He had no past criminal record, but Northampton Area District Attorney Terence Houck told King5 that his office was investigating if Mr. Kohberger had struck before in the county where he attended community college.

Mr. Houck said, “nothing with relation to Bryan Kohberger has come about in our investigations of cold cases or unresolved crimes to this far, but we always continue to investigate and pursue leads”.

Lehigh County District Attorney Jim Martin said that officials had looked into any possible connections between Mr. Brayn Kohberger and unsolved crimes in the region.

Mr. Bryan Kohberger studied criminology at DeSales University for four years before moving to Washington.

During his time there, he studied under famous forensic psychologist Katherine Ramsland, who examined the BTK serial murderer and collaborated with him on the book Confession of a Serial Killer: The Untold Story of Dennis Rader, the BTK Killer.

He also took out a study effort “to explore how emotions and psychological features impact decision-making while committing a crime”.

Mr. Martin stated that no links had been established between Mr. Kohberger and unsolved incidents in Lehigh County.

Mr. Kohberger had previously made contact with authorities when he called 911 to report his automobile being locked behind a parked fence on a cycle track.

No reason has been offered for the November 13 incident, and investigators have not established what, if any, link Mr. Kohberger had to the victims.

The document, which was unsealed in January, indicated that authorities think Mr. Kohberger followed the student house in the days leading up to the mass murder, with cellphone data showing him passing by the residence 12 times before November 13th.

Investigators suspect Mr. Kohberger turned off his smartphone during the murders to avoid discovery.

However, cellphone data shows him near the residence on King Road at roughly 9 a.m. on November 13, implying that he returned to the site of the crime mere hours after allegedly murdering the four victims at around 4 a.m., according to the affidavit.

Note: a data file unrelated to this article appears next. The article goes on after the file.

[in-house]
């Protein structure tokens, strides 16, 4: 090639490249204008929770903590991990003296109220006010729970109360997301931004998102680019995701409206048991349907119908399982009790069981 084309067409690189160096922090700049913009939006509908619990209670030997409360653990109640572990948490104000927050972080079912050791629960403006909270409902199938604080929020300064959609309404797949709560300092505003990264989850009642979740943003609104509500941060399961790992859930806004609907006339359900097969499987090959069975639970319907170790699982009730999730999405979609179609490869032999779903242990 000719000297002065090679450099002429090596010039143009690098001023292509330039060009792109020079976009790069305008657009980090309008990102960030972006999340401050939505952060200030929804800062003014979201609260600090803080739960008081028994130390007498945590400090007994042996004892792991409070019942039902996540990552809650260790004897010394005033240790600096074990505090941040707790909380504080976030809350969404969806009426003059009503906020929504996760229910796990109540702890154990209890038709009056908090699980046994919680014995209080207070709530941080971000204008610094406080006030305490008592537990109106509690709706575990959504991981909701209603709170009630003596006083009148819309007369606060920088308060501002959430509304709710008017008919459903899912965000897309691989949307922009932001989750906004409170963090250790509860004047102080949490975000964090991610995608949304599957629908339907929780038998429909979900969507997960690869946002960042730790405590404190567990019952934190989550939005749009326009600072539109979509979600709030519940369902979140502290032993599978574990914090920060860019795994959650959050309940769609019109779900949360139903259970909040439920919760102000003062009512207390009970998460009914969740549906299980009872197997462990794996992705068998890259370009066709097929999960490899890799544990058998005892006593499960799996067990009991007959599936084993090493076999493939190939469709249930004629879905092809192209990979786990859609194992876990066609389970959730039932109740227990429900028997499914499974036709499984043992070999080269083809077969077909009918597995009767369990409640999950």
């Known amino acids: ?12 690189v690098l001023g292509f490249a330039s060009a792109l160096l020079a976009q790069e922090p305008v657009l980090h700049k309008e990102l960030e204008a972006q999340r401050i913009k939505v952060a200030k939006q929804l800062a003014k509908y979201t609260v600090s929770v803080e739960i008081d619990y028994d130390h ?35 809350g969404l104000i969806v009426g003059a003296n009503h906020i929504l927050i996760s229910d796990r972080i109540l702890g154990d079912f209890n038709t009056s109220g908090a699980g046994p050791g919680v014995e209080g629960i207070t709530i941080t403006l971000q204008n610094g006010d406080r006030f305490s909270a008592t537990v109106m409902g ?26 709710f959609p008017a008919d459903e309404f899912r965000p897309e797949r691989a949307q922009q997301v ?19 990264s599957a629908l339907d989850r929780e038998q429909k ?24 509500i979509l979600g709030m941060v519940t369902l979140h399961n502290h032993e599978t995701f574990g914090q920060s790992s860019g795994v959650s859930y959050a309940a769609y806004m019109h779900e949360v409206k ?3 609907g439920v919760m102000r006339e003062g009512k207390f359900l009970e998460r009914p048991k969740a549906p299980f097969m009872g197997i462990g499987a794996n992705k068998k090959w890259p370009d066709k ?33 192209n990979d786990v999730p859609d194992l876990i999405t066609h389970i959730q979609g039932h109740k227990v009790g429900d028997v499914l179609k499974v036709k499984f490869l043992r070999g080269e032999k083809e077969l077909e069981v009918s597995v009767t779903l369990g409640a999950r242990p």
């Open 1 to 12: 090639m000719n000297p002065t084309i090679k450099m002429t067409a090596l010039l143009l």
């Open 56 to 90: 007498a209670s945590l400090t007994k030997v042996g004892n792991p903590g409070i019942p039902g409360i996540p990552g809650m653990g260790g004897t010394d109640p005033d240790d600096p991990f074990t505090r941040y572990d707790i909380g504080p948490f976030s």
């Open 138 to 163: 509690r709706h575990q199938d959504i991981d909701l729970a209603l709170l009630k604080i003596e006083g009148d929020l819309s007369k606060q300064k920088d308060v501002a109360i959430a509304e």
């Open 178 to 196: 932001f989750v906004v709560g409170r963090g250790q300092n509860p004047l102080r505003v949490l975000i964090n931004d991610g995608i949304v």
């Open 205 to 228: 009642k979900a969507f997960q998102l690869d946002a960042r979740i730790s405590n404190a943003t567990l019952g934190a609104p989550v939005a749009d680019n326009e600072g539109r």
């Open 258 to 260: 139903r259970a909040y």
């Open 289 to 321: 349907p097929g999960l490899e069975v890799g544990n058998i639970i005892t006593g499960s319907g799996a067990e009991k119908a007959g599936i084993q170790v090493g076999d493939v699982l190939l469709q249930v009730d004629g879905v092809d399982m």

In addition to cellphone data, the document states that other evidence led to Mr. Kohberger’s arrest for the student killings.

According to the complaint, his DNA was also recovered on a knife sheath left at the site by the perpetrator, and his white Hyundai Elantra was seen on security film at the crime scene at the time of the killings.

After meeting the killer in the aftermath of the killings, one of the victims’ surviving roommates was able to partially describe him to detectives.

Police in Washington issued search warrants for Mr. Kohberger’s apartment in Pullman and his workplace at Washington State University in January (WSU).

The searches took place on December 30, the same day he was brought into police custody in Pennsylvania.

Investigators collected several things from his residence, including suspected human and animal hair strands, a disposable glove, objects with red and brown stains, and a computer, according to the released records.

There were no things taken from his office, which he shared with other Ph.D. students.

The murder weapon, a fixed-blade knife, was not found throughout the searches and its location remains unknown.

Mr. Kohberger is due back in court on June 26 for his preliminary hearing.